There are three categories that the wild-caught species that are currently traded can be roughly divided into based on their importance to the trade.
The species that fall in Category I are those which are common in the trade and are caught and exported widely. Some examples of such species in Southeast Asia are clown loach (Botia macracanthus), eel-loaches (Pangio spp.), lancer (Luciosoma setigerum), two-spot catfish (Mystus bimaculatus) and glass catfish (Kryptopterus bicirrchus).
Next, the species that fall in Category II are traded infrequently or in small-scale, but are potentially gaining popularity and export. A few examples are the neon rasbora (Rasbora axelrodi), Hasselt’s goatfish (Osteochilus hasseltii), glowlight rasbora (Rasbora pauciperforata), six-banded tiger barb (Puntius hexazona), zebra barb (Puntius gemellus), eyed tiger barb (Puntius rhombocellatus), swamp loach (Neohomaloptera johorensis), Bornean clown catfish (Leiocassis mahakamensis), brown clown catfish (Pseudomystus fuscus), glass catfishes (Pseudeutropius spp.), red dragon eel (Mastacembelus erythrotaenia), and fighting fishes (Betta spp.)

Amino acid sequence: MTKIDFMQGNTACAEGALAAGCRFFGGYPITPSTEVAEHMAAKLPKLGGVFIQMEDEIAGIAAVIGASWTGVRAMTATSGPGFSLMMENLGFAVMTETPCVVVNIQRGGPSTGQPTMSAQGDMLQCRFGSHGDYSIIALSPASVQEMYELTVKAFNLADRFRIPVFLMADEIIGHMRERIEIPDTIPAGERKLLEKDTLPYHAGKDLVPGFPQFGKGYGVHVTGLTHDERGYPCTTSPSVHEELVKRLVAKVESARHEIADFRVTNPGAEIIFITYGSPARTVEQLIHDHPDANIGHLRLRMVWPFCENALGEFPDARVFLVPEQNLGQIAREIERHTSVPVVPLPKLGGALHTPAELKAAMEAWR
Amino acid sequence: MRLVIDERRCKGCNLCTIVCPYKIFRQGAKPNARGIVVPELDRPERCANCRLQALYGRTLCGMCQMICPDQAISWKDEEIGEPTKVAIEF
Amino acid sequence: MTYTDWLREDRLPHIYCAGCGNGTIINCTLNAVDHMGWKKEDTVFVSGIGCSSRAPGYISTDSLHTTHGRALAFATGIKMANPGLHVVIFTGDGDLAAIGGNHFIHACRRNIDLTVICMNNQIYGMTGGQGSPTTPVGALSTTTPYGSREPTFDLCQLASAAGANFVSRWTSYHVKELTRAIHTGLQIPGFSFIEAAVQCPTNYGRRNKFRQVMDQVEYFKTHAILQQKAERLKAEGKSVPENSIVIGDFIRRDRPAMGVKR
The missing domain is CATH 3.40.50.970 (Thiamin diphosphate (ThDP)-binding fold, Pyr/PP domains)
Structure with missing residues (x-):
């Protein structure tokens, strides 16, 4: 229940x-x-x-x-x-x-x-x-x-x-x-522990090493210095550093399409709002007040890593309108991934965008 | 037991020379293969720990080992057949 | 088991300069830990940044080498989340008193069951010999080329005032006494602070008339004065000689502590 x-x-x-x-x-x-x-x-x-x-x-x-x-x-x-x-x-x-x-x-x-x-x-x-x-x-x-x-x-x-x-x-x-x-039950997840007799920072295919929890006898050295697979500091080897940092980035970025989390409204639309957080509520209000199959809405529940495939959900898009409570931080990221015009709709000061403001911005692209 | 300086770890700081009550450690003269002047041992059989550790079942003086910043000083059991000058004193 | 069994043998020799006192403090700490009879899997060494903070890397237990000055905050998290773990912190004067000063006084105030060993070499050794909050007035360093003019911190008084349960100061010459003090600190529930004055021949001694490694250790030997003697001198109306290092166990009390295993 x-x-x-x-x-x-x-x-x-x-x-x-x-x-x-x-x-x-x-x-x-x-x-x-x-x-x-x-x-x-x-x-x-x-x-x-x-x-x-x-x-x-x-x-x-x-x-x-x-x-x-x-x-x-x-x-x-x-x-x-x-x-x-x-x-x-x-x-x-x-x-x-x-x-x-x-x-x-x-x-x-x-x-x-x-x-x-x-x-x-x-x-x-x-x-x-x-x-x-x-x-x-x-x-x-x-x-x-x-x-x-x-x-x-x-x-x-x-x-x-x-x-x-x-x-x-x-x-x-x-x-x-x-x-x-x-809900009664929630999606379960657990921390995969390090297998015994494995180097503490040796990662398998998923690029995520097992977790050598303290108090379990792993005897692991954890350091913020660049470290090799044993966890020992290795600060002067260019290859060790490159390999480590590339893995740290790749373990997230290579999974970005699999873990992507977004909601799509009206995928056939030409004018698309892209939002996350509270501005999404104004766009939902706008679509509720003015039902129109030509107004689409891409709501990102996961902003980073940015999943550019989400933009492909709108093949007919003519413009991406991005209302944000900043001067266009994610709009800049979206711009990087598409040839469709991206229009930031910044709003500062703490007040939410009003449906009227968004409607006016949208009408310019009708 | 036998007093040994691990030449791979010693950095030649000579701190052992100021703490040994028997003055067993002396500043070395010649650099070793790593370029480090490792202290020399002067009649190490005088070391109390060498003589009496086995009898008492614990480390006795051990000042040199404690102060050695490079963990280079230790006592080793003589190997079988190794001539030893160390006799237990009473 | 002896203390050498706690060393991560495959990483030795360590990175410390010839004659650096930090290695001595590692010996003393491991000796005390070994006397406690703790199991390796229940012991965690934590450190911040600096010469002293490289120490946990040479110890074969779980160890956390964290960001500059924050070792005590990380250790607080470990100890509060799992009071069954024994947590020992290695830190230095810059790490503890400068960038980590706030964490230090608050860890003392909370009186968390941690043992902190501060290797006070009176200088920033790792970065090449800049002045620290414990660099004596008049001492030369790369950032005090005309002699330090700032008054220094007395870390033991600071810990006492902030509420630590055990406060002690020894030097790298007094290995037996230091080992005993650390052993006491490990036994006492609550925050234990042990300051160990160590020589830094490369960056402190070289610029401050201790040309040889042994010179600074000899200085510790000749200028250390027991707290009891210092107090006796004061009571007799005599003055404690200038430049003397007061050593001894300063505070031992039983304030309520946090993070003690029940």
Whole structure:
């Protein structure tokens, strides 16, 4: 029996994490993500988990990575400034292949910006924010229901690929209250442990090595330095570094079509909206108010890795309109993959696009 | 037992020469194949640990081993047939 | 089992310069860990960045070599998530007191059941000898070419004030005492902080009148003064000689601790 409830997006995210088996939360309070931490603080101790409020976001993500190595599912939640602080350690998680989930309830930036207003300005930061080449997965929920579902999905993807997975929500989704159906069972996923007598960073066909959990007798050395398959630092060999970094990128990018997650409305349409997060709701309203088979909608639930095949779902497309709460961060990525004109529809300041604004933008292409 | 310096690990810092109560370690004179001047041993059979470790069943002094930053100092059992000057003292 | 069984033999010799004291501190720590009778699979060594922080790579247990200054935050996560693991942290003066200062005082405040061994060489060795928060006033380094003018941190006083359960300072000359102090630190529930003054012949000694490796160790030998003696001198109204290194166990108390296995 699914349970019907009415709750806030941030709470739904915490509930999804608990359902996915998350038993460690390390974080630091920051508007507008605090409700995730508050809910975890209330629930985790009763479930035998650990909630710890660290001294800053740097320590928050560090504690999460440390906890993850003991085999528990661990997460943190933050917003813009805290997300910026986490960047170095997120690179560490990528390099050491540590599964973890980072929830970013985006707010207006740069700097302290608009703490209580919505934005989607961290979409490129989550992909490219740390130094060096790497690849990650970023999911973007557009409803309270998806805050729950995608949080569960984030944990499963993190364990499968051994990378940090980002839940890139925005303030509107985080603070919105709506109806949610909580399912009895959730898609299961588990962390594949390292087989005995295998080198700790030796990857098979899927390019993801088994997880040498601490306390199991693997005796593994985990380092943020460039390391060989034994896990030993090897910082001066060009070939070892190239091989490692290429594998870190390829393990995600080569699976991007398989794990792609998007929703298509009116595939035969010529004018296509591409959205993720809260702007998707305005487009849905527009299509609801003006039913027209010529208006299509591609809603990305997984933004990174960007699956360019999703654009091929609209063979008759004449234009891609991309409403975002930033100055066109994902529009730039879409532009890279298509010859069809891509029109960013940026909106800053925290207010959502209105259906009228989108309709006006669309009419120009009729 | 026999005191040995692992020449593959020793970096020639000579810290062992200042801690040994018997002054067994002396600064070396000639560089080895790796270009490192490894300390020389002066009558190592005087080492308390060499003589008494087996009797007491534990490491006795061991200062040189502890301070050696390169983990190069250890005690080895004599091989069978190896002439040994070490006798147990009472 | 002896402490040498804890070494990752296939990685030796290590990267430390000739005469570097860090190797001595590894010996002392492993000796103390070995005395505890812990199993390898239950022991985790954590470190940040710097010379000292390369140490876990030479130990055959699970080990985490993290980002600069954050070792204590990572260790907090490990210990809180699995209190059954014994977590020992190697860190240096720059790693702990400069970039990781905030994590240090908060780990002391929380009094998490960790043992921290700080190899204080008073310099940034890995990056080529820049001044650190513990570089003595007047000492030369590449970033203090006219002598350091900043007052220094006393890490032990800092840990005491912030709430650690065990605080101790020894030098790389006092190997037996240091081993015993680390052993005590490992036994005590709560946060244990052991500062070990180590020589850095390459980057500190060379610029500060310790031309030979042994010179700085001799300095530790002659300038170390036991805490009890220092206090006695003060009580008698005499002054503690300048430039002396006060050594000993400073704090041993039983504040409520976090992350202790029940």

Species that fall in Category III are costly and cater to the more affluent end of the market. Species in this category include arowana (Scleropages formosus), red-flag giant gouramy (Osphronemus laticlavius) and sawfish (Pristis microdon).
Native species that have been exploited consist of Siamese fighting fish (Betta splendens), kissing fish (Helostoma temminckii), gouramy (Trichogaster trichopterus), bala shark (Balantiocheilos melanopterus), scissor-tail barb (Barbodes altus), tiger barb (Puntius tetrazona), walking catfish (Clarias batrachus) and giant catfish (Pangasius sutchi). Most of these species have been selectively bred, resulting in an extensive amount of different breeds of each.